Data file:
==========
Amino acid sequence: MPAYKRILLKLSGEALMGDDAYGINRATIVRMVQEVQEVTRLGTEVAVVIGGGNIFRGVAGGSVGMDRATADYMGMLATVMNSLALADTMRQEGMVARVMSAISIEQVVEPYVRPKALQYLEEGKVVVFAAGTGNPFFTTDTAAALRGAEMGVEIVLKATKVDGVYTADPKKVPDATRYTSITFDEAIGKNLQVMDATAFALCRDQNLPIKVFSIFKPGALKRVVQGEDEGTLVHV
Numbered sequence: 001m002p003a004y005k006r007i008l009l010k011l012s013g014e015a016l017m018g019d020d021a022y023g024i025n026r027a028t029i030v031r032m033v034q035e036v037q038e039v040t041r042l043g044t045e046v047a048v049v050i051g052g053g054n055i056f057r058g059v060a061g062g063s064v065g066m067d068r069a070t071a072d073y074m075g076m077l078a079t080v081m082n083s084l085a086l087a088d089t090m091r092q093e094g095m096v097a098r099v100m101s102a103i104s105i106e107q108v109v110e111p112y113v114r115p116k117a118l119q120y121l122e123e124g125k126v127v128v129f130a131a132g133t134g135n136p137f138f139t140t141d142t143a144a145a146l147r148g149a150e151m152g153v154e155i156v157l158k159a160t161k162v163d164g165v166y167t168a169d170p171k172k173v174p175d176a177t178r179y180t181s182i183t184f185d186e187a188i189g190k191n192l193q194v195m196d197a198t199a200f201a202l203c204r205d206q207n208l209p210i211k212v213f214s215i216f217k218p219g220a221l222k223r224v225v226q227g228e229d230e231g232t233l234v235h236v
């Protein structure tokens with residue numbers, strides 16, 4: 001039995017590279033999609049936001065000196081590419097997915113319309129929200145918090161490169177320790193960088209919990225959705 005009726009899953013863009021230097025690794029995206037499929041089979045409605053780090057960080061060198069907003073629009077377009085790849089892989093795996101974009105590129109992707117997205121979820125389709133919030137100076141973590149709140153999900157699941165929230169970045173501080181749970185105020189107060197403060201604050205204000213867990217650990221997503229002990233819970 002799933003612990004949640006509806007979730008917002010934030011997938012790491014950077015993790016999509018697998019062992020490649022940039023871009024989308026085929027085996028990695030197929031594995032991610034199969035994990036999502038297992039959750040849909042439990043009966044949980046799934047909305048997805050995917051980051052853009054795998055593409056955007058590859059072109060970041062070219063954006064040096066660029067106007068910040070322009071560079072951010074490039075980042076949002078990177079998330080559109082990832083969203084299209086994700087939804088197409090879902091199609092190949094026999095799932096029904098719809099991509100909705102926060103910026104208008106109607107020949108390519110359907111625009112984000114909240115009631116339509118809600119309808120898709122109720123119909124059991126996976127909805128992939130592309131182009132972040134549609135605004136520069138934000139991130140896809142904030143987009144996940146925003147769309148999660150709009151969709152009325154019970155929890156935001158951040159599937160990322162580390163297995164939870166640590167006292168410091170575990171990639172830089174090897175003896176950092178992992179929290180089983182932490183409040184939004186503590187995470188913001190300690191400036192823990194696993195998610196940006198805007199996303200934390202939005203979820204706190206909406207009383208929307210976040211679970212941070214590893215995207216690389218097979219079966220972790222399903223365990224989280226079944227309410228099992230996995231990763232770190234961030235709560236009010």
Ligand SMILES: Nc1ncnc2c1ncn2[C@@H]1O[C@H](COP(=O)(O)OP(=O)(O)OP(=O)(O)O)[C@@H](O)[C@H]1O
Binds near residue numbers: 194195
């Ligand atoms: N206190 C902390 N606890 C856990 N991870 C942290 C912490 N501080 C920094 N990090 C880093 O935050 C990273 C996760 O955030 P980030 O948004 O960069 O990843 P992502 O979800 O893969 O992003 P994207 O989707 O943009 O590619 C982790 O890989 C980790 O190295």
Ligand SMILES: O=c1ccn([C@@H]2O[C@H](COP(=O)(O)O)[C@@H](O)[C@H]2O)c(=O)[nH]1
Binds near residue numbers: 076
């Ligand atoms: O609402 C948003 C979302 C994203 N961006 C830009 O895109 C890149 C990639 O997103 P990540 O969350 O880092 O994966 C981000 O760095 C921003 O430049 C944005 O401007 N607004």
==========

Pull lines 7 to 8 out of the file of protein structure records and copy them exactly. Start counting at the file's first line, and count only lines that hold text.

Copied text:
Ligand SMILES: O=c1ccn([C@@H]2O[C@H](COP(=O)(O)O)[C@@H](O)[C@H]2O)c(=O)[nH]1
Binds near residue numbers: 076